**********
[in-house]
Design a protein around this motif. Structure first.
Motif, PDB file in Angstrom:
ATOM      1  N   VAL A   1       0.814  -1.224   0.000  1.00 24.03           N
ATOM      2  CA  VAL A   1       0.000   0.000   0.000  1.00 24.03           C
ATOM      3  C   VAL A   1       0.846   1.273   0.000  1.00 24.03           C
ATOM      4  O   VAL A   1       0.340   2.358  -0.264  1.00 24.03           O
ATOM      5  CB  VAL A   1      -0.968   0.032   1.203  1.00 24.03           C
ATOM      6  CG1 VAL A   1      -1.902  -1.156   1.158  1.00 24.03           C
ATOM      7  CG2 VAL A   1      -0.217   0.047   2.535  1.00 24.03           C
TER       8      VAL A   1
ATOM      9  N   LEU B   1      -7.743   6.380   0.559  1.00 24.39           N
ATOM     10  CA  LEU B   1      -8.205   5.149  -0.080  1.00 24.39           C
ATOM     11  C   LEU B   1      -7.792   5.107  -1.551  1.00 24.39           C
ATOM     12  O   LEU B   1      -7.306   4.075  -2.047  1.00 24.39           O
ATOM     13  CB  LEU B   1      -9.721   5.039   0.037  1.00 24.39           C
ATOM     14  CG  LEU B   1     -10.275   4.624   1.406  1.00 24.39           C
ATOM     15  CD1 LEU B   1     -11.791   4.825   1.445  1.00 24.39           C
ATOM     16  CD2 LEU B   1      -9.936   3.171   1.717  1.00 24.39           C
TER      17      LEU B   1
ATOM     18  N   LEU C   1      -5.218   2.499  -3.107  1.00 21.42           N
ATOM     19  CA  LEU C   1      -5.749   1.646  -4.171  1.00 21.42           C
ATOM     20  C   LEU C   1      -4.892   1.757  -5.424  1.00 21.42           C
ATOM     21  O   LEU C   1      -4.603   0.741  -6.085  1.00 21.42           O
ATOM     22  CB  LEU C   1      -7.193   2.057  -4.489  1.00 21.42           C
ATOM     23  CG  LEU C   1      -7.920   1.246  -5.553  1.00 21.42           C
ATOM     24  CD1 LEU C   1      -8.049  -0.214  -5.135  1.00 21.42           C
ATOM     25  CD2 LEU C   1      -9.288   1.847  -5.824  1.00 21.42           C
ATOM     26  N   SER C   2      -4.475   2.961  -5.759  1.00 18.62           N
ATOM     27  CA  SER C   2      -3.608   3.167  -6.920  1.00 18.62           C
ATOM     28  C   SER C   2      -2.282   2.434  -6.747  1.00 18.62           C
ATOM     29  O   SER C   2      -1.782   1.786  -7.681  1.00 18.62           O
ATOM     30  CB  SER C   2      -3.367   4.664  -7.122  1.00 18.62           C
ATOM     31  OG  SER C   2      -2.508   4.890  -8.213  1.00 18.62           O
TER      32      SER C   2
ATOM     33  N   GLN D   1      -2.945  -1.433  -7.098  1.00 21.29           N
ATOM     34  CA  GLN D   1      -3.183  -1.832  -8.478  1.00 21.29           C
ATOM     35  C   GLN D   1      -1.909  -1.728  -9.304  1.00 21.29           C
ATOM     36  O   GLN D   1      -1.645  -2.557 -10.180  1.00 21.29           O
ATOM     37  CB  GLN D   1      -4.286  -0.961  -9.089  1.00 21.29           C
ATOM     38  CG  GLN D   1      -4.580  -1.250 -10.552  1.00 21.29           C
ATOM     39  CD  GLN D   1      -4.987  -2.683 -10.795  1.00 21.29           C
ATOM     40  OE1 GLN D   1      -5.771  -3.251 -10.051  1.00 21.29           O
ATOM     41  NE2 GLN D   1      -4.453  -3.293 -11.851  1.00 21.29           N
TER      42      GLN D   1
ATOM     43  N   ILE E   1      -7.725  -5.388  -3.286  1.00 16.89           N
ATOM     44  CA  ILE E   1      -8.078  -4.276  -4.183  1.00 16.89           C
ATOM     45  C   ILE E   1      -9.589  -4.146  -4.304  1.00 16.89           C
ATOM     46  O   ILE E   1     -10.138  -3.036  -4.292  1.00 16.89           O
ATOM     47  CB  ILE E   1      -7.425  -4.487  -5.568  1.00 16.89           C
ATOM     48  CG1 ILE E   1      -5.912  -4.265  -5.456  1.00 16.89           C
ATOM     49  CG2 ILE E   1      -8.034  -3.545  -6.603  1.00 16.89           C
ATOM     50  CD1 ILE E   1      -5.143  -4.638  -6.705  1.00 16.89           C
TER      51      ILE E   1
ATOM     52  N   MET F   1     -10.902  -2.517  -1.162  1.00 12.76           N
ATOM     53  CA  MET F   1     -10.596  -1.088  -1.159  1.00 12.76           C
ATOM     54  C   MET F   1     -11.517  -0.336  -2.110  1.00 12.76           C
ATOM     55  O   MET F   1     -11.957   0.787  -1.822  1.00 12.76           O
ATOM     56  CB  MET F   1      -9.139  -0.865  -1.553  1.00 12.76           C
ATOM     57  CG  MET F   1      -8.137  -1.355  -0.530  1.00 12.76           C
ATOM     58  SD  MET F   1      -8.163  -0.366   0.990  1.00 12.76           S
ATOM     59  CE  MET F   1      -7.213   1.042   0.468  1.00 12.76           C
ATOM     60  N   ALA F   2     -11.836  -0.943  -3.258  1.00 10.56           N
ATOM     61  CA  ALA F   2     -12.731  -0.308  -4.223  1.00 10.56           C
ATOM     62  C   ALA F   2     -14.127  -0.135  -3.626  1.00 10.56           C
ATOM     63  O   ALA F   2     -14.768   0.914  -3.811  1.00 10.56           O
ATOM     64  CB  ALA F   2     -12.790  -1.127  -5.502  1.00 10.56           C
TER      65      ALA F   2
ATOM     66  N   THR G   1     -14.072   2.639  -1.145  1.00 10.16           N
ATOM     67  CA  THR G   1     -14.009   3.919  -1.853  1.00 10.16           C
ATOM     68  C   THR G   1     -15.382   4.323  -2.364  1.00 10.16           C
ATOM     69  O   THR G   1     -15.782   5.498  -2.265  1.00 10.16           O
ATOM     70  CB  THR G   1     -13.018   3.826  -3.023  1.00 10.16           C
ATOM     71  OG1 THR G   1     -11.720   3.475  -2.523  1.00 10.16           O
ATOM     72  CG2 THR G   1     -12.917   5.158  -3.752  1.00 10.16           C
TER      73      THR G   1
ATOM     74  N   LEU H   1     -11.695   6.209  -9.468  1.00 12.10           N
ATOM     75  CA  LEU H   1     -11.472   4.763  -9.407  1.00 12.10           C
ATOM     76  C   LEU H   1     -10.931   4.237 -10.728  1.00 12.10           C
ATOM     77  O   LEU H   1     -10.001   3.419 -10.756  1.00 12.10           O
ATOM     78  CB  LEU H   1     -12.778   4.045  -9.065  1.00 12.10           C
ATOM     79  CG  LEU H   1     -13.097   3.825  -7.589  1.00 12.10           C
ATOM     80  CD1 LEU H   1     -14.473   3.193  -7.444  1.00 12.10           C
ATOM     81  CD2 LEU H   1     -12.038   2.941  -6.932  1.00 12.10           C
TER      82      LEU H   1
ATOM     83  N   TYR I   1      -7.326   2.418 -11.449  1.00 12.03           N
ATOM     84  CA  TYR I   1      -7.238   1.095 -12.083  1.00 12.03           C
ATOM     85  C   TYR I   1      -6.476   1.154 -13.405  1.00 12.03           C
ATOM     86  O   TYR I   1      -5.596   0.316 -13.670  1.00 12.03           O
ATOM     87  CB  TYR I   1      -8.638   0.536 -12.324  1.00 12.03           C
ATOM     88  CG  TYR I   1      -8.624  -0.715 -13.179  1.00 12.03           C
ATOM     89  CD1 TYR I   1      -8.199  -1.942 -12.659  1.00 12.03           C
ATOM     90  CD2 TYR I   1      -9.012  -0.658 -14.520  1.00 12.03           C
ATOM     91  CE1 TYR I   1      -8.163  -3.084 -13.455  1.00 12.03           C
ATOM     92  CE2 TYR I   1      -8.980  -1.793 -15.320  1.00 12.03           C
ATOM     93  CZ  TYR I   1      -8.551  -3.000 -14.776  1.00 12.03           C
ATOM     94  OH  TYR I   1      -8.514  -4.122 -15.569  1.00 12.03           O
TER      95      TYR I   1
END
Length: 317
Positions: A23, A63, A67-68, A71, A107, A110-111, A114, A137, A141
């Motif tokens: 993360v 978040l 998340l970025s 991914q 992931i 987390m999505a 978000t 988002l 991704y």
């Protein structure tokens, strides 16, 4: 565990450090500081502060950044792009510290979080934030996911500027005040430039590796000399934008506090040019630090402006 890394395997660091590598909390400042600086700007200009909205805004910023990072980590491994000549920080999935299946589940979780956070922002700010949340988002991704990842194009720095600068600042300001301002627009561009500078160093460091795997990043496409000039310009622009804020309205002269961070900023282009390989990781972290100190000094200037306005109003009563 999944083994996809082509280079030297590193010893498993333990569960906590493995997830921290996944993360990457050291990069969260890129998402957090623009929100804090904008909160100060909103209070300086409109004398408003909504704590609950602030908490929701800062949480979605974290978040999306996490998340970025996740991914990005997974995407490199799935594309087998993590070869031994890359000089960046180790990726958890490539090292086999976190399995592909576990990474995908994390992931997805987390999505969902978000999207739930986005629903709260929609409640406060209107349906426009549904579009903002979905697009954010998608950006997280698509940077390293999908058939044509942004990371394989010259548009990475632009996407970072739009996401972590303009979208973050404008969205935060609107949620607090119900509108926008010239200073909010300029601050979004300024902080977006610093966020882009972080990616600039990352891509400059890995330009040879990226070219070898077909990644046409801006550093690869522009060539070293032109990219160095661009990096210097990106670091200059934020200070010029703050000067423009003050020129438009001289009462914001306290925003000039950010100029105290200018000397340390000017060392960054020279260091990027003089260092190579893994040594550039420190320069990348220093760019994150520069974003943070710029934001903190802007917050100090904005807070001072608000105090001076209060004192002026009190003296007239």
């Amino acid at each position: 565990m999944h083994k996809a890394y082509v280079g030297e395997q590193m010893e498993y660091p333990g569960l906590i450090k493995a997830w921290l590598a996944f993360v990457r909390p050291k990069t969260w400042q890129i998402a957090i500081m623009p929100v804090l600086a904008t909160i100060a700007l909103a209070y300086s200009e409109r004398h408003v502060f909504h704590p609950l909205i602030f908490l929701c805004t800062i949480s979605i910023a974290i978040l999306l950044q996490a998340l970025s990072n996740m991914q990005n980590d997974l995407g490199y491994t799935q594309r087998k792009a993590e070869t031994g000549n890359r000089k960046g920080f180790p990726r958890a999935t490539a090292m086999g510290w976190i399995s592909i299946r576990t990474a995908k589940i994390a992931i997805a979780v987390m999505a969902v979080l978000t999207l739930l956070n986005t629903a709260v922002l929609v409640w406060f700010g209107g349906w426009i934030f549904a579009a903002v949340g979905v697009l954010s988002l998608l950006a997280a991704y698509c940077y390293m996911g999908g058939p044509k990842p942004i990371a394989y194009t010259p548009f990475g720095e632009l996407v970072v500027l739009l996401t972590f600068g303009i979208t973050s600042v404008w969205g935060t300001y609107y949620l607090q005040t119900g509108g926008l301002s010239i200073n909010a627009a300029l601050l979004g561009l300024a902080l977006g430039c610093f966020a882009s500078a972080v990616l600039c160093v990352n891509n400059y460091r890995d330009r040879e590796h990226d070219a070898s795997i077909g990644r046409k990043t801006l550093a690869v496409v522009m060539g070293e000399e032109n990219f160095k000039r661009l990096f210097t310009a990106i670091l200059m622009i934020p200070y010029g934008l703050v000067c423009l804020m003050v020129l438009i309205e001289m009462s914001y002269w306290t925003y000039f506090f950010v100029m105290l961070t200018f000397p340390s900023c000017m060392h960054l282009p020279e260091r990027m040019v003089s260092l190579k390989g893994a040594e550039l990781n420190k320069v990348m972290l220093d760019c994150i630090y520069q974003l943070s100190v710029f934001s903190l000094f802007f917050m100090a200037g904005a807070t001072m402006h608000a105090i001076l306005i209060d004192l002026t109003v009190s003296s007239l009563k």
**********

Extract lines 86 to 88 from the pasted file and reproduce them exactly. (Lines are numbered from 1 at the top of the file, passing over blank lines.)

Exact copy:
ATOM     83  N   TYR I   1      -7.326   2.418 -11.449  1.00 12.03           N
ATOM     84  CA  TYR I   1      -7.238   1.095 -12.083  1.00 12.03           C
ATOM     85  C   TYR I   1      -6.476   1.154 -13.405  1.00 12.03           C